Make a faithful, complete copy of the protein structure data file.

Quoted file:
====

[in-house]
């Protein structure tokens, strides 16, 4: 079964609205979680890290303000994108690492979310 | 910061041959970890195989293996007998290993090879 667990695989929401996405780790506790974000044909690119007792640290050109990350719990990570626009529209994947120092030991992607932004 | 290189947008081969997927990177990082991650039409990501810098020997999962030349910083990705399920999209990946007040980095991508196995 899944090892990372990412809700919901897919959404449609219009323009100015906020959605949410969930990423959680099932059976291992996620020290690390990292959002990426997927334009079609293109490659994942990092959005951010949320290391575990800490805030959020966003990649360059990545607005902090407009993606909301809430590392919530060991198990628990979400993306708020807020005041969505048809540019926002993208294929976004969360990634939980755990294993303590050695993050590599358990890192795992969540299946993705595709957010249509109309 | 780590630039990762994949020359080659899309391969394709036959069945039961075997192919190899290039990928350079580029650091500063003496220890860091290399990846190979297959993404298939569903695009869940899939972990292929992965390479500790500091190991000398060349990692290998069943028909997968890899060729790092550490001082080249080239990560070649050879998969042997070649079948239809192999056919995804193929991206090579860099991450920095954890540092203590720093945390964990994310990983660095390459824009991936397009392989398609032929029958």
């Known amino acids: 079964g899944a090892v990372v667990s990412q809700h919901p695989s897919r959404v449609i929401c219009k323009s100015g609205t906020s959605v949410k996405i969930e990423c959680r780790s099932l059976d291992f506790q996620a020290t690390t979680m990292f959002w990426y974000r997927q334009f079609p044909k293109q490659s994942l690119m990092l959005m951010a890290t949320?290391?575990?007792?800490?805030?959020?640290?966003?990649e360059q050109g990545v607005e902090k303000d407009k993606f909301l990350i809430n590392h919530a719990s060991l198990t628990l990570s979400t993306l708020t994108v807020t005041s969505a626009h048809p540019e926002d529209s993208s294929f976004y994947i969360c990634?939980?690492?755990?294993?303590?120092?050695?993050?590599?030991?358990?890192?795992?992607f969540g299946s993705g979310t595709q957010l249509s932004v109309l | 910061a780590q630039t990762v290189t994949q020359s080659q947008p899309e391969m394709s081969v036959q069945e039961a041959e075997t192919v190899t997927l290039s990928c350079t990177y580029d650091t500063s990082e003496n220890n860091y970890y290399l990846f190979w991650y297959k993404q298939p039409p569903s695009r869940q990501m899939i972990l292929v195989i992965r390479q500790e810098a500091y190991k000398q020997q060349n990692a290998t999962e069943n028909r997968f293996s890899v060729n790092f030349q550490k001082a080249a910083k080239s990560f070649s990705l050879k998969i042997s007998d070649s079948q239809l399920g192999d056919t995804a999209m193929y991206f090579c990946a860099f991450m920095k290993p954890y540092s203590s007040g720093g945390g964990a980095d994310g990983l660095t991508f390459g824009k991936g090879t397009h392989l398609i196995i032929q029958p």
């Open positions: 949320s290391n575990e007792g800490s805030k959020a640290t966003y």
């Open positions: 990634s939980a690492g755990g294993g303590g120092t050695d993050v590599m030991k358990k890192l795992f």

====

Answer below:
[in-house]
């Protein structure tokens, strides 16, 4: 079964609205979680890290303000994108690492979310 | 910061041959970890195989293996007998290993090879 667990695989929401996405780790506790974000044909690119007792640290050109990350719990990570626009529209994947120092030991992607932004 | 290189947008081969997927990177990082991650039409990501810098020997999962030349910083990705399920999209990946007040980095991508196995 899944090892990372990412809700919901897919959404449609219009323009100015906020959605949410969930990423959680099932059976291992996620020290690390990292959002990426997927334009079609293109490659994942990092959005951010949320290391575990800490805030959020966003990649360059990545607005902090407009993606909301809430590392919530060991198990628990979400993306708020807020005041969505048809540019926002993208294929976004969360990634939980755990294993303590050695993050590599358990890192795992969540299946993705595709957010249509109309 | 780590630039990762994949020359080659899309391969394709036959069945039961075997192919190899290039990928350079580029650091500063003496220890860091290399990846190979297959993404298939569903695009869940899939972990292929992965390479500790500091190991000398060349990692290998069943028909997968890899060729790092550490001082080249080239990560070649050879998969042997070649079948239809192999056919995804193929991206090579860099991450920095954890540092203590720093945390964990994310990983660095390459824009991936397009392989398609032929029958």
């Known amino acids: 079964g899944a090892v990372v667990s990412q809700h919901p695989s897919r959404v449609i929401c219009k323009s100015g609205t906020s959605v949410k996405i969930e990423c959680r780790s099932l059976d291992f506790q996620a020290t690390t979680m990292f959002w990426y974000r997927q334009f079609p044909k293109q490659s994942l690119m990092l959005m951010a890290t949320?290391?575990?007792?800490?805030?959020?640290?966003?990649e360059q050109g990545v607005e902090k303000d407009k993606f909301l990350i809430n590392h919530a719990s060991l198990t628990l990570s979400t993306l708020t994108v807020t005041s969505a626009h048809p540019e926002d529209s993208s294929f976004y994947i969360c990634?939980?690492?755990?294993?303590?120092?050695?993050?590599?030991?358990?890192?795992?992607f969540g299946s993705g979310t595709q957010l249509s932004v109309l | 910061a780590q630039t990762v290189t994949q020359s080659q947008p899309e391969m394709s081969v036959q069945e039961a041959e075997t192919v190899t997927l290039s990928c350079t990177y580029d650091t500063s990082e003496n220890n860091y970890y290399l990846f190979w991650y297959k993404q298939p039409p569903s695009r869940q990501m899939i972990l292929v195989i992965r390479q500790e810098a500091y190991k000398q020997q060349n990692a290998t999962e069943n028909r997968f293996s890899v060729n790092f030349q550490k001082a080249a910083k080239s990560f070649s990705l050879k998969i042997s007998d070649s079948q239809l399920g192999d056919t995804a999209m193929y991206f090579c990946a860099f991450m920095k290993p954890y540092s203590s007040g720093g945390g964990a980095d994310g990983l660095t991508f390459g824009k991936g090879t397009h392989l398609i196995i032929q029958p």
């Open positions: 949320s290391n575990e007792g800490s805030k959020a640290t966003y």
């Open positions: 990634s939980a690492g755990g294993g303590g120092t050695d993050v590599m030991k358990k890192l795992f």